Thus tables will be upended when Rami Malek takes the doorstop for his loving portrayal of the Queen lead singer. All hail. Other nominees: Bradley Cooper, A Star Is Born (did a great job as a washed out star with a drinking problem); Willem Dafoe, At Eternity’s Gate (very convincing as the tortured artist Vincent Van Gogh); Viggo Mortensen, Green Book (his third nomination; his day shall come, and this gutsy performance signals just how close that day is).

Best Lead Actress

Based on impact alone Yalitza Aparicio, an untrained actor, should get it for Roma, but it will be veteran Glenn Close who shall receive it for The Wife as a defacto Lifetime achievement award, having been nominated some seven times since 1982’s The World According to Garp.

Other nominees:
Lady Gaga, A Star Is Born (a terrific performance, her chances cursed by an unusually strong field); Olivia Colman, The Favourite; Melissa McCarthy, Can You Ever Forgive Me? (again stretching her impressive dramatic muscles.)

Best Supporting Actor
Mahershala Ali will take it for Green Book but kudos to Richard E. Grant for essentially turning a reprise of his Withnail & I wino into an Oscar-worthy turn 30 years on in Can You Ever Forgive Me?

Other nominees: Adam Driver, BlacKkKlansman (impressive work in a punchy film); Sam Elliott, A Star Is Born (again proving he works best in an ensemble); Sam Rockwell, Vice (played quite a passable W.)

Best Supporting Actress

Her sixth time around, Amy Adams will take it for Vice, not so much for her superb work as Mrs Dick Cheney, but as a belated Oscar for 2005’s Junebug. There, it’s been said.

Other nominees: Marina de Tavira, Roma; Regina King, If Beale Street Could Talk (probably the most overrated contender); Emma Stone, The Favourite; Rachel Weisz, The Favourite.

Best Director
It’s an odd field, this. If the Academy is going to allow up to 10 Best Film nominations then surely each director should automatically be nominated, yeah? Anyway, for the sheer love of cinema breathing through almost every frame, Alfonso Cuaron will take it for Roma. This pips Spike Lee whose BlacKkKlansman came close to being they type of great social message movie the Academy loves.

Other nominees: Pawel Pawlikowski, Cold War (terrible director; boring film); Yorgos Lanthimos, The Favourite (self-consciously oddball director pushing too hard in a period film); Adam McKay, Vice (former comedy director takes on post-9/11 Bush-era politics).

Best Picture

A Star is Born is clearly the best choice here – even though director Bradley Cooper hasn’t been nominated, which is nuts given his masterful re-crafting of an old-Hollywood staple. But it is Roma, Alfonso Cuaron’s reminiscence of life in the Mexico City of 1970, that is likely to take the honour for its understated style and sheer artistic sweep.

Other nominees
: Black Panther (first comic book nomination, and a very long shot indeed); BlacKkKlansman & Green Book (both about racism in America, reflecting the Academy’s long tradition of recognising films dealing with social issues); Bohemian Rhapsody (which prompted the worldwide “We Love Freddie” movement); The Favourite; Vice.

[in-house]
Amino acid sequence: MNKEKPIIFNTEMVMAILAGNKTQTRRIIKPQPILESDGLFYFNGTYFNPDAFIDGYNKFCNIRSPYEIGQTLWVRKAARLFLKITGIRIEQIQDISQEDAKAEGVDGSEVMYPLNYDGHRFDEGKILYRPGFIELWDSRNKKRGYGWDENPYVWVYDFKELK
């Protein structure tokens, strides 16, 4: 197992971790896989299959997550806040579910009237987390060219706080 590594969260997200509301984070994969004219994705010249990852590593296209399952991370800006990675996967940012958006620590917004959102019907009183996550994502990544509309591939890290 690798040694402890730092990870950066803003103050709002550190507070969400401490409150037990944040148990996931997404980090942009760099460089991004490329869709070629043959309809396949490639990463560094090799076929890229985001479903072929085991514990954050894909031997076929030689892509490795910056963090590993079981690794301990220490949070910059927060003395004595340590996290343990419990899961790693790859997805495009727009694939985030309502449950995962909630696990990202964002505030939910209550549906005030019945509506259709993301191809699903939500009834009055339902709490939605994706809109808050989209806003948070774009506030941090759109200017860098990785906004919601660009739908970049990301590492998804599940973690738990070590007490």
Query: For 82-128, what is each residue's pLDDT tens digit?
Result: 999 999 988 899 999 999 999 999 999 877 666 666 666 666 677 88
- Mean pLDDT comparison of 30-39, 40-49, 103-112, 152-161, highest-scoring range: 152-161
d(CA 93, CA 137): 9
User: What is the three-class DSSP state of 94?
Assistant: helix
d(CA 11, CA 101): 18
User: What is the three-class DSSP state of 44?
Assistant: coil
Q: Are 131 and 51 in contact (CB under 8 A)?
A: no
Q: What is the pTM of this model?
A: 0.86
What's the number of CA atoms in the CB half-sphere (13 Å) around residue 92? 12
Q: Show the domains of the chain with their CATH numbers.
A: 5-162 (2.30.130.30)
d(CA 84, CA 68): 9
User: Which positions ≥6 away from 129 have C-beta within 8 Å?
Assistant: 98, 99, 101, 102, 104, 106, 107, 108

Best Adapted Screenplay must go to A Star Is Born for so beautifully updating a classic without losing the story’s central appeal; Best Original Screenplay should go to Green Book for opening up this chapter of pre-Civil Rights America.

As wonderful as Ralph Breaks the Internet was it was trumped by the street-wise edge of Spider-Man: Into the Spider-Verse, which will take Best Animated Feature. Incredibles 2 was fun but was just more of Pixar redoing earlier Pixar, this time with a 14-year delay.

Cinematography will go to Alfonso Cuaron for Roma, which will hopefully revive Hollywood’s love of long takes, if not for black and white film. A close runner up is Matthew Libatique for his stellar work on A Star is Born.

Free Solo will take Best Documentary Feature for giving armchair mountaineers vertigo without the need for 3D glasses.

As for Best Foreign Language Film, haven’t seen them all but surely Roma will win, even though it shouldn’t be there. A foreign language film that lands a best picture nomination should be excluded from this category, otherwise a win means it took out two best film awards, which is silly. And a little greedy.

Film Editing should go to Bohemian Rhapsody for that remarkable final reel alone; Sound Editing and Sound Mixing will both go to First Man, a film oddly absent from the Best Picture category: Production Design will go to The Favourite.

For old time’s sake, Best Original Score should go to Mary Poppins Returns (and why not?); Best Original Song is an easy get for Gaga’s ‘Shallow’ from A Star Is Born; Best Makeup and Hair has to go to Mary, Queen of Scots for managing to make Margot Robbie look ugly, a bigger achievement than making Christian Bale look like Dick Cheney. Mary will also take Costume Design.

Best Visual Effects will go to Avengers: Infinity War though a more deserving winner would be Steven Spielberg’s Ready Player One, one of the best sci-fi fantasies of the year.

And finally, a note on diversity, an issue that really doesn’t need any more pushing.

The most nominated film, Roma, is Mexican, as is its director Alfonso Cuaron, who won best director for Gravity in 2014. Fellow Mexican Alejandro G. Inarritu won best director for The Revenant in 2016 and for Birdman in 2015. Last year’s best director winner was Guillermo del Toro for The Shape of Water who is also Mexican.

Add to this, two terrific films about race – Green Book and BlaKkKlansman – up for best film, two black superhero films – Black Panther and Spiderman – up for best film and animated feature respectively, and a stronger than usual field of female acting nominees. Indeed, the notable snubbing of Charlize Theron for Tully and Claire Foy for First Man suggest these categories should be expanded when the talent pool demands.

Yes, there are heaps of problems facing Oscar at the moment, but reflecting the breadth of culture surely isn’t one of them.

The best changes occur organically and the ones we’re seeing in the range of Oscar films are, glad to say, mostly merit driven.

It’s time to stop with all the virtue signalling and PC babble and allow the art of cinema to take its course based on talent, ability and vision, not politics.